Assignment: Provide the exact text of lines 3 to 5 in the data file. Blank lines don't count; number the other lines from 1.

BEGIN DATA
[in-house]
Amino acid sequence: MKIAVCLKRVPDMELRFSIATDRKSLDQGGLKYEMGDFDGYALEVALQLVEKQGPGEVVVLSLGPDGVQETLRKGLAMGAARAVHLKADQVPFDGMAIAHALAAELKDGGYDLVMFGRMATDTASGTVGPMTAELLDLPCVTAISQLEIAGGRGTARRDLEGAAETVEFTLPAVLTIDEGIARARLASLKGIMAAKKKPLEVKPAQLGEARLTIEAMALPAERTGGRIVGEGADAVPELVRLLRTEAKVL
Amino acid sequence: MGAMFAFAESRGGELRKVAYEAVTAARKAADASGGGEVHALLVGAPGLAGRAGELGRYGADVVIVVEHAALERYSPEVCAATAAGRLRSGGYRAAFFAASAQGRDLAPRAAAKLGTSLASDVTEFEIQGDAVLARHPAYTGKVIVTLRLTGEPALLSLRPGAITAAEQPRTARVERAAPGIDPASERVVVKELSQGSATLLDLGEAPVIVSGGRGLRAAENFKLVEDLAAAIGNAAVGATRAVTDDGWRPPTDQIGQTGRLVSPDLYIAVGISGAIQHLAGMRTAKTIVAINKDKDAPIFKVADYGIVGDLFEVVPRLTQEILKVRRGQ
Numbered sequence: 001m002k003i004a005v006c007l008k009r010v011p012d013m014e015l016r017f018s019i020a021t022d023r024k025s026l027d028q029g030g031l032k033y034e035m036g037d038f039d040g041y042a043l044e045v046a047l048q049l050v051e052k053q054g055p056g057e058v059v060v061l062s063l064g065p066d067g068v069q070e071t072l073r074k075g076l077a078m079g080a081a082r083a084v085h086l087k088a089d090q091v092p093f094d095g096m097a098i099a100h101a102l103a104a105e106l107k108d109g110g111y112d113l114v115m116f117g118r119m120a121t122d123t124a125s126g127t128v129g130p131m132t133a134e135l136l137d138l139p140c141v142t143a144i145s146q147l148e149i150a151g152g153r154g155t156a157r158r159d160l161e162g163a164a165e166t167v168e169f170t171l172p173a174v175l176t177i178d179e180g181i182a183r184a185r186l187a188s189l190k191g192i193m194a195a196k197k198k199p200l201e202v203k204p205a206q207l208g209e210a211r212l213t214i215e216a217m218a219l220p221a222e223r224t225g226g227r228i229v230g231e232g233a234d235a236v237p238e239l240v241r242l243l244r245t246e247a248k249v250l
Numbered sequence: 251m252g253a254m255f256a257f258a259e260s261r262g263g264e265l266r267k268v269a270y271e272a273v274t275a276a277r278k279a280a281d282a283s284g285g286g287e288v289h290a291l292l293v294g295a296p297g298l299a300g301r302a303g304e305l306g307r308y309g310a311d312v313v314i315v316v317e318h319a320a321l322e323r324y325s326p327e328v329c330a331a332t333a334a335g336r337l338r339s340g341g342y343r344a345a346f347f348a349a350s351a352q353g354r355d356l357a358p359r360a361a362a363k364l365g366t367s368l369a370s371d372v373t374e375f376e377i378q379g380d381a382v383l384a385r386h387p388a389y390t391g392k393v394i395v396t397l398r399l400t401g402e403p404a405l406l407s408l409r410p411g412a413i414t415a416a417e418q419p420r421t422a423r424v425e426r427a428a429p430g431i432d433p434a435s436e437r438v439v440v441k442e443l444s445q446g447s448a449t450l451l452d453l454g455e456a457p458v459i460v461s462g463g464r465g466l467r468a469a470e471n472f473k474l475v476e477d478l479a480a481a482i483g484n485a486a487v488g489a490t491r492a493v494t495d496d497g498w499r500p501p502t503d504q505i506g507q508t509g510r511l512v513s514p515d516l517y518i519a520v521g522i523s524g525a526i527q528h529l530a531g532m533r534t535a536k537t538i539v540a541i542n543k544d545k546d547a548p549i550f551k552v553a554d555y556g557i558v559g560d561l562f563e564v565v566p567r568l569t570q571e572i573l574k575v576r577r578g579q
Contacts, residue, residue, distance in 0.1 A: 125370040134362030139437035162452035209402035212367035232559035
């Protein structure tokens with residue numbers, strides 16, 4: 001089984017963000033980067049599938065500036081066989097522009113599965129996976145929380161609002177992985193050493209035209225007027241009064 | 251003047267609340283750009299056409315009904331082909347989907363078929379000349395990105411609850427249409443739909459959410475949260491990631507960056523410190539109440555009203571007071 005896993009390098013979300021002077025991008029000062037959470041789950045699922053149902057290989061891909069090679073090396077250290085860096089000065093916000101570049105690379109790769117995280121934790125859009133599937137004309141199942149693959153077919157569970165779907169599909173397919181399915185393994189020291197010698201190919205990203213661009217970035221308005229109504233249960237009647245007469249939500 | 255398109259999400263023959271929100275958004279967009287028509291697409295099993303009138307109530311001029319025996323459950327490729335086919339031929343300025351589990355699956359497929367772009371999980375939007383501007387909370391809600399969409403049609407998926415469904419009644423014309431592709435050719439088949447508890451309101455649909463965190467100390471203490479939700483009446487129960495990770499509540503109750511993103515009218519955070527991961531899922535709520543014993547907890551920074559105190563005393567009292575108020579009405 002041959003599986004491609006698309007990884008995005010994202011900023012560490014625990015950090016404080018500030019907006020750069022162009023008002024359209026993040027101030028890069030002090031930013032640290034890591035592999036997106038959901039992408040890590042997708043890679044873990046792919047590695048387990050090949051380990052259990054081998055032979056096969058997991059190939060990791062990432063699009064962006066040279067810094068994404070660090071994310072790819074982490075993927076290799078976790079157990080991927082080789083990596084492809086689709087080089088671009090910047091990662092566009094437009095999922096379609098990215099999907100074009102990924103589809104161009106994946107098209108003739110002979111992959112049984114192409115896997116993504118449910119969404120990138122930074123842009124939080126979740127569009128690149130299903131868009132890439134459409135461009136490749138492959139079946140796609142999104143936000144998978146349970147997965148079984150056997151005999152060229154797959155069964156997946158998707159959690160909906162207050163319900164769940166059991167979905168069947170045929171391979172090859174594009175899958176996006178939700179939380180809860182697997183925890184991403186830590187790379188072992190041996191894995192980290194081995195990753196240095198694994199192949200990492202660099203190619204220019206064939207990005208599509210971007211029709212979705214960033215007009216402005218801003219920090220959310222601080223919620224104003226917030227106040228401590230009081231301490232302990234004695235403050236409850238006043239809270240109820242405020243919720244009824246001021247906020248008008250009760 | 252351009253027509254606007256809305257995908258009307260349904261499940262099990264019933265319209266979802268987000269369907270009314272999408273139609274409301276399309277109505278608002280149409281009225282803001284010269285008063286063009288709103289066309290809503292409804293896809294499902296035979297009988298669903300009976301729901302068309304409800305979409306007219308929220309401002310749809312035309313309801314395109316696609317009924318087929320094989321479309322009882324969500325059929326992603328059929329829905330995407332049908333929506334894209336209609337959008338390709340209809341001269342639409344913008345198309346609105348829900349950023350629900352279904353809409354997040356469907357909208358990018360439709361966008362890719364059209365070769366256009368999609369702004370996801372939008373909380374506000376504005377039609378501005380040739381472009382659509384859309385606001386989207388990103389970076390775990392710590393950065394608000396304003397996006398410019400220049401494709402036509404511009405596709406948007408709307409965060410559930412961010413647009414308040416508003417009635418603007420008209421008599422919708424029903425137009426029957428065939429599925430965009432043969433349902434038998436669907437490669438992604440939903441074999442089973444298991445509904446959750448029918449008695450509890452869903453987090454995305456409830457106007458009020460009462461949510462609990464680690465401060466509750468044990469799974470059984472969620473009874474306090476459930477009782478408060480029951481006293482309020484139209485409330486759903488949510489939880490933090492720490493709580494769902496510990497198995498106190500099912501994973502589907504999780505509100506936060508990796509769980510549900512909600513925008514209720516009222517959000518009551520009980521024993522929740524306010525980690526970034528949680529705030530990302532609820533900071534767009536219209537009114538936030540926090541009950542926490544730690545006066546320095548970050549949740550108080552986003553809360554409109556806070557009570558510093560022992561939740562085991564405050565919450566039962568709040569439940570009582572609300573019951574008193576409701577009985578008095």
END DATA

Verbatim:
Amino acid sequence: MGAMFAFAESRGGELRKVAYEAVTAARKAADASGGGEVHALLVGAPGLAGRAGELGRYGADVVIVVEHAALERYSPEVCAATAAGRLRSGGYRAAFFAASAQGRDLAPRAAAKLGTSLASDVTEFEIQGDAVLARHPAYTGKVIVTLRLTGEPALLSLRPGAITAAEQPRTARVERAAPGIDPASERVVVKELSQGSATLLDLGEAPVIVSGGRGLRAAENFKLVEDLAAAIGNAAVGATRAVTDDGWRPPTDQIGQTGRLVSPDLYIAVGISGAIQHLAGMRTAKTIVAINKDKDAPIFKVADYGIVGDLFEVVPRLTQEILKVRRGQ
Numbered sequence: 001m002k003i004a005v006c007l008k009r010v011p012d013m014e015l016r017f018s019i020a021t022d023r024k025s026l027d028q029g030g031l032k033y034e035m036g037d038f039d040g041y042a043l044e045v046a047l048q049l050v051e052k053q054g055p056g057e058v059v060v061l062s063l064g065p066d067g068v069q070e071t072l073r074k075g076l077a078m079g080a081a082r083a084v085h086l087k088a089d090q091v092p093f094d095g096m097a098i099a100h101a102l103a104a105e106l107k108d109g110g111y112d113l114v115m116f117g118r119m120a121t122d123t124a125s126g127t128v129g130p131m132t133a134e135l136l137d138l139p140c141v142t143a144i145s146q147l148e149i150a151g152g153r154g155t156a157r158r159d160l161e162g163a164a165e166t167v168e169f170t171l172p173a174v175l176t177i178d179e180g181i182a183r184a185r186l187a188s189l190k191g192i193m194a195a196k197k198k199p200l201e202v203k204p205a206q207l208g209e210a211r212l213t214i215e216a217m218a219l220p221a222e223r224t225g226g227r228i229v230g231e232g233a234d235a236v237p238e239l240v241r242l243l244r245t246e247a248k249v250l
Numbered sequence: 251m252g253a254m255f256a257f258a259e260s261r262g263g264e265l266r267k268v269a270y271e272a273v274t275a276a277r278k279a280a281d282a283s284g285g286g287e288v289h290a291l292l293v294g295a296p297g298l299a300g301r302a303g304e305l306g307r308y309g310a311d312v313v314i315v316v317e318h319a320a321l322e323r324y325s326p327e328v329c330a331a332t333a334a335g336r337l338r339s340g341g342y343r344a345a346f347f348a349a350s351a352q353g354r355d356l357a358p359r360a361a362a363k364l365g366t367s368l369a370s371d372v373t374e375f376e377i378q379g380d381a382v383l384a385r386h387p388a389y390t391g392k393v394i395v396t397l398r399l400t401g402e403p404a405l406l407s408l409r410p411g412a413i414t415a416a417e418q419p420r421t422a423r424v425e426r427a428a429p430g431i432d433p434a435s436e437r438v439v440v441k442e443l444s445q446g447s448a449t450l451l452d453l454g455e456a457p458v459i460v461s462g463g464r465g466l467r468a469a470e471n472f473k474l475v476e477d478l479a480a481a482i483g484n485a486a487v488g489a490t491r492a493v494t495d496d497g498w499r500p501p502t503d504q505i506g507q508t509g510r511l512v513s514p515d516l517y518i519a520v521g522i523s524g525a526i527q528h529l530a531g532m533r534t535a536k537t538i539v540a541i542n543k544d545k546d547a548p549i550f551k552v553a554d555y556g557i558v559g560d561l562f563e564v565v566p567r568l569t570q571e572i573l574k575v576r577r578g579q